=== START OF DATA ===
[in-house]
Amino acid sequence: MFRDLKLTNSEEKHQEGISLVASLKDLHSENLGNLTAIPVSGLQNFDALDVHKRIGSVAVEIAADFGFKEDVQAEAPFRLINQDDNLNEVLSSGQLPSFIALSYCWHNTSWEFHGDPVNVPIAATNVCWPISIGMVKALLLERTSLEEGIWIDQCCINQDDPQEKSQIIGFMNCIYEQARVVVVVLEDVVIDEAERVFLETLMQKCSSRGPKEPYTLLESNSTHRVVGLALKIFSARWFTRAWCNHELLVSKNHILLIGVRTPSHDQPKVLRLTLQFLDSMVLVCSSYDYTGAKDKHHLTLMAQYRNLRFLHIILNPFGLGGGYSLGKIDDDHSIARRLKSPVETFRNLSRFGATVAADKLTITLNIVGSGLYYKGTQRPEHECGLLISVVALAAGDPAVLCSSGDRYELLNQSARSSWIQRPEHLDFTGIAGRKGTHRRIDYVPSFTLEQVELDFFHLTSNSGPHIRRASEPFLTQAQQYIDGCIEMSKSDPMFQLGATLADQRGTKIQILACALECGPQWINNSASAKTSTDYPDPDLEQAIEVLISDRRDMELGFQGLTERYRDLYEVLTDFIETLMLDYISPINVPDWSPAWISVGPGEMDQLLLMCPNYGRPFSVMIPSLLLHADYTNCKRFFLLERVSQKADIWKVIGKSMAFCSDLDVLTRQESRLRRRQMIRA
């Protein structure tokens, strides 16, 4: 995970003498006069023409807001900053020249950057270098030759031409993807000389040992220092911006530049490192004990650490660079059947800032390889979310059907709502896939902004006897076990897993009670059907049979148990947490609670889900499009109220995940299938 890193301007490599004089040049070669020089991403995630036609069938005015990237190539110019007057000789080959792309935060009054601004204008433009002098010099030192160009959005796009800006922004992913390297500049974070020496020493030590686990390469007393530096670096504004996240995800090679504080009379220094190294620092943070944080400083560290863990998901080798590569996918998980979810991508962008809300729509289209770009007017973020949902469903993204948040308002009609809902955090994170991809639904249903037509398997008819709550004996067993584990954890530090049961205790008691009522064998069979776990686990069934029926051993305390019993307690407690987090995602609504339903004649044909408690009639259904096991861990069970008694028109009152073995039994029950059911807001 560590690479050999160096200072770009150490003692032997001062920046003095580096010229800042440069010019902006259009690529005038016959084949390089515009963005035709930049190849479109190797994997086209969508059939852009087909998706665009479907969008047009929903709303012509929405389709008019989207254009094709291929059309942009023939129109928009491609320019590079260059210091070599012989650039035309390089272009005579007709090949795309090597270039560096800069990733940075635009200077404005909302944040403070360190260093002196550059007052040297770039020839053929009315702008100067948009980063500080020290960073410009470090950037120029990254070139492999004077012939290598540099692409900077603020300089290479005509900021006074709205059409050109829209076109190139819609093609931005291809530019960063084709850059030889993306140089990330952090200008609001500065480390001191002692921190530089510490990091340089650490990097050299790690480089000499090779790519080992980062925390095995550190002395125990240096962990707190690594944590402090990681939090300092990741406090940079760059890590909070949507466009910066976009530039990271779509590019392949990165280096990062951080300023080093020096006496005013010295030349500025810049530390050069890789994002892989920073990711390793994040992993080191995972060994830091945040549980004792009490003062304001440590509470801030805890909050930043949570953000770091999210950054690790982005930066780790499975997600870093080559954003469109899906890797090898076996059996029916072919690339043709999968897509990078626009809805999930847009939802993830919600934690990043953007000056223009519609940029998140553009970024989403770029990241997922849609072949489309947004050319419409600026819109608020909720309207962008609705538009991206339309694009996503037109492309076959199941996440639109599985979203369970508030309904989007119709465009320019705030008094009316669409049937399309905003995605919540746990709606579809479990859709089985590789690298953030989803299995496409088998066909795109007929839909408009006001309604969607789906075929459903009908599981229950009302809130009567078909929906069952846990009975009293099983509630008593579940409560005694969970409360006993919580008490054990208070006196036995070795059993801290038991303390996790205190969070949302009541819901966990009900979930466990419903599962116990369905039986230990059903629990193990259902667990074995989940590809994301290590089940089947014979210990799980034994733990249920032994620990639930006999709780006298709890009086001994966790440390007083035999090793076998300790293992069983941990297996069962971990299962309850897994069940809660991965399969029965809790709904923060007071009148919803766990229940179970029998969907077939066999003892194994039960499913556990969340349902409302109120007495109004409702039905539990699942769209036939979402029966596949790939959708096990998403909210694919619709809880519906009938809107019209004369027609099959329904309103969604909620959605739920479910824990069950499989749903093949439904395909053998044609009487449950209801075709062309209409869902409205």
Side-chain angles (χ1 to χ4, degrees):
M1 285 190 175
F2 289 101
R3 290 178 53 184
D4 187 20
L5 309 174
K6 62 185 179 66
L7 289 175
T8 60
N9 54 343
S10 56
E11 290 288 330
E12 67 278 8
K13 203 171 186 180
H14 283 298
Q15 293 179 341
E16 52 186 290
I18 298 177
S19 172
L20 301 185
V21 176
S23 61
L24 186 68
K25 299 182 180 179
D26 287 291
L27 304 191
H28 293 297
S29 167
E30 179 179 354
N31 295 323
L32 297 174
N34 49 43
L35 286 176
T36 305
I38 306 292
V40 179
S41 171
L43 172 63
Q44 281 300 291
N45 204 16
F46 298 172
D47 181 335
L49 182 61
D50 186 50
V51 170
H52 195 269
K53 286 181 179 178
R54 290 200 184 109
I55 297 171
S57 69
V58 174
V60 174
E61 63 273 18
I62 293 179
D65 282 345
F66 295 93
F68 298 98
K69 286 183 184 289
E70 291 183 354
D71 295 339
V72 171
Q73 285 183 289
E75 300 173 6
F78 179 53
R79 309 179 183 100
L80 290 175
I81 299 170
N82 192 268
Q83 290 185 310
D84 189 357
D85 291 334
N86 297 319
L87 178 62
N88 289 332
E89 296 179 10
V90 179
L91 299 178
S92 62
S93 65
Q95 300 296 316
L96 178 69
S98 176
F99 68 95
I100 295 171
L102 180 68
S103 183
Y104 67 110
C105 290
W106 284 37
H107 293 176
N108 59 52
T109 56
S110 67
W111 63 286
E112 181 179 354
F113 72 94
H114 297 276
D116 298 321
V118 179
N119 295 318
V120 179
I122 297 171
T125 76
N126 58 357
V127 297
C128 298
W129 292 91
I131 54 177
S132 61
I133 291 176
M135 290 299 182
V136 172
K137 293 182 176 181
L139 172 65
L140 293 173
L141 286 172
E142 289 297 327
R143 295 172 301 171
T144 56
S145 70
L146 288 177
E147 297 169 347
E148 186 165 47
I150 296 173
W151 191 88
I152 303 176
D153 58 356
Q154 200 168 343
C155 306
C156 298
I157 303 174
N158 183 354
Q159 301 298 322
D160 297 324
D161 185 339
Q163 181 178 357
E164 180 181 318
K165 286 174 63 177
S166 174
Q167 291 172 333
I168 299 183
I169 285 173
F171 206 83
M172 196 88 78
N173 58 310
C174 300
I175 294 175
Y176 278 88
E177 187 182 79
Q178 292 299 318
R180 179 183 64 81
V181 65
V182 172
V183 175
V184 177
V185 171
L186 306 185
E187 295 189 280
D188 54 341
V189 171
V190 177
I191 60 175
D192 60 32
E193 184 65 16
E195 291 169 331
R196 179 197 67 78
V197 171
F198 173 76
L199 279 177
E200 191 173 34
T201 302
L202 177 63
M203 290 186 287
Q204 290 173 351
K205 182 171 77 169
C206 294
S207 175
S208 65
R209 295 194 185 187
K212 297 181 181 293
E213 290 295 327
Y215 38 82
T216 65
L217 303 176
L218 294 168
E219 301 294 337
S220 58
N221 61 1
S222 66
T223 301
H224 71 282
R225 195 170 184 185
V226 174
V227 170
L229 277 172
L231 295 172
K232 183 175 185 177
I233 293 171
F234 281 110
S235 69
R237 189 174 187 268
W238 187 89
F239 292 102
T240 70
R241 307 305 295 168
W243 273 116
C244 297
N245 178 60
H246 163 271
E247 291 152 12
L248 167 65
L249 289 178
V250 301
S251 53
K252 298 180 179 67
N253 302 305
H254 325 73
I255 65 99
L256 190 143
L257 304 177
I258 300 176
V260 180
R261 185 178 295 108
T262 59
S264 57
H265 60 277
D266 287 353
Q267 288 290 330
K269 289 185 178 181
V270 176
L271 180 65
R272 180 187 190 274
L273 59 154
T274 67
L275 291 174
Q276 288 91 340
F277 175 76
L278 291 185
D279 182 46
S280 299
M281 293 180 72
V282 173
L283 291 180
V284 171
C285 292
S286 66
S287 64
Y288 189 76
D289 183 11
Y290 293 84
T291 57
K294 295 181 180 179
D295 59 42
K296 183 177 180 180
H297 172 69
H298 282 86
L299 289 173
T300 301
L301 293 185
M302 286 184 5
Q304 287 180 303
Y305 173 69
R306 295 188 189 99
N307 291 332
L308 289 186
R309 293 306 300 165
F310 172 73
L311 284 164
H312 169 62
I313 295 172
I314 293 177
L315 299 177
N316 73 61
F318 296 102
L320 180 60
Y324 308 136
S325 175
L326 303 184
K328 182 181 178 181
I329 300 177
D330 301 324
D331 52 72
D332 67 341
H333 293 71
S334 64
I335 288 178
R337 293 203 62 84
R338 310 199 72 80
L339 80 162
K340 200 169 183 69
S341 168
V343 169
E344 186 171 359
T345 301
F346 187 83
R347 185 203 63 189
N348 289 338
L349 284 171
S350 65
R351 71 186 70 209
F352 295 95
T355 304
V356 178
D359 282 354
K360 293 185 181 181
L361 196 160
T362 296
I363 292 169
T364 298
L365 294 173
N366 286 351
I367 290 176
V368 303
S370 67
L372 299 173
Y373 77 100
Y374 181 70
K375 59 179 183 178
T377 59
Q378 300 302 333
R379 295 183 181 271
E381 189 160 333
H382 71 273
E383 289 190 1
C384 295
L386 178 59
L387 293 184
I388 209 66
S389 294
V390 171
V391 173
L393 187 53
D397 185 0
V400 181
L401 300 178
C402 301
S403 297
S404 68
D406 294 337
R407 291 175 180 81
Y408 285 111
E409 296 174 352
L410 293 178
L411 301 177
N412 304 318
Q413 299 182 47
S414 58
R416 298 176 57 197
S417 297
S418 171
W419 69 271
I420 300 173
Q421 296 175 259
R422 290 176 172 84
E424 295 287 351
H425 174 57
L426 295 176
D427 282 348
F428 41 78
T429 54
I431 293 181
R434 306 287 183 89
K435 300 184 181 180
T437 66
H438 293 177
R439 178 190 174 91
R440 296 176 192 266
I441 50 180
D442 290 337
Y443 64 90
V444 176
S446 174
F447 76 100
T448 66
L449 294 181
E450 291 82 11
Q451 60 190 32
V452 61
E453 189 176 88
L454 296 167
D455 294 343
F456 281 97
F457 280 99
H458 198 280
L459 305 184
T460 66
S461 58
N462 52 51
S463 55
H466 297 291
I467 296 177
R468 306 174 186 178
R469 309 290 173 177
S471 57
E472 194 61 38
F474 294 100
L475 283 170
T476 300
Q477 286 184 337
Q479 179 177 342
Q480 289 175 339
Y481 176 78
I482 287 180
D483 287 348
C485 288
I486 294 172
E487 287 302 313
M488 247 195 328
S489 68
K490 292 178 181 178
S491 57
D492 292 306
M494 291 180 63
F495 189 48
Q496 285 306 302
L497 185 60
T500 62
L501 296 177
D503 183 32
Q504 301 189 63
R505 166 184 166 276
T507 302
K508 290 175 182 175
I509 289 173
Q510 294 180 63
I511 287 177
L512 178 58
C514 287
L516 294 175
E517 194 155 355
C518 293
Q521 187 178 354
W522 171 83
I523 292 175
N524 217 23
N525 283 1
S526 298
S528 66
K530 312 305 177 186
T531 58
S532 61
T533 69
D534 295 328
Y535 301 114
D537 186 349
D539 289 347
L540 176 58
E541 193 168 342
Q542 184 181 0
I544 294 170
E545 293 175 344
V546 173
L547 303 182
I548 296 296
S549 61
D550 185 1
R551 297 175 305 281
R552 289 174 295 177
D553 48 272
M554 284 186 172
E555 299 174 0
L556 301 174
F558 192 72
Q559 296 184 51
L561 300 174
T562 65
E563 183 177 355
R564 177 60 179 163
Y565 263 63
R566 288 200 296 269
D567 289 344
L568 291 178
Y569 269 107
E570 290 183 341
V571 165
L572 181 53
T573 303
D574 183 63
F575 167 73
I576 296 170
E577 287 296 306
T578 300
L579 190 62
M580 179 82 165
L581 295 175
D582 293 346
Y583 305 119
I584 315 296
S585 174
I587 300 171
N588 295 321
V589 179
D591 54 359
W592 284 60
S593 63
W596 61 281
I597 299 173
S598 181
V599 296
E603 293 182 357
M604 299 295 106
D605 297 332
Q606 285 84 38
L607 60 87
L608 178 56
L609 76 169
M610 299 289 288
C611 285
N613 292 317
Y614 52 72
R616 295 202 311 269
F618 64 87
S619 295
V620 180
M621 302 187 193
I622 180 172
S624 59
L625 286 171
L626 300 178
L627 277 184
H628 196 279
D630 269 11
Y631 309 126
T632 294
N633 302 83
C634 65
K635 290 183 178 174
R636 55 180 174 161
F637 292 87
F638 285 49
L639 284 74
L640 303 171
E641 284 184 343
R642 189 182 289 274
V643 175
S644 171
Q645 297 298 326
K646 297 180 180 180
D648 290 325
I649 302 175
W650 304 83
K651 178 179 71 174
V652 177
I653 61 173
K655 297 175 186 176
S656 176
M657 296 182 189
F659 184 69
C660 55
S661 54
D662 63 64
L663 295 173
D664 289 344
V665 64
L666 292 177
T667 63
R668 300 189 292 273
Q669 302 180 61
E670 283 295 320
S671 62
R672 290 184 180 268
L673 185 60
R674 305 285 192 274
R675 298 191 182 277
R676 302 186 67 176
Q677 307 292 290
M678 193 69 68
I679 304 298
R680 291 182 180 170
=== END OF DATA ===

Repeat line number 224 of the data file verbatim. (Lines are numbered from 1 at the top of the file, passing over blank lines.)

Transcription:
I258 300 176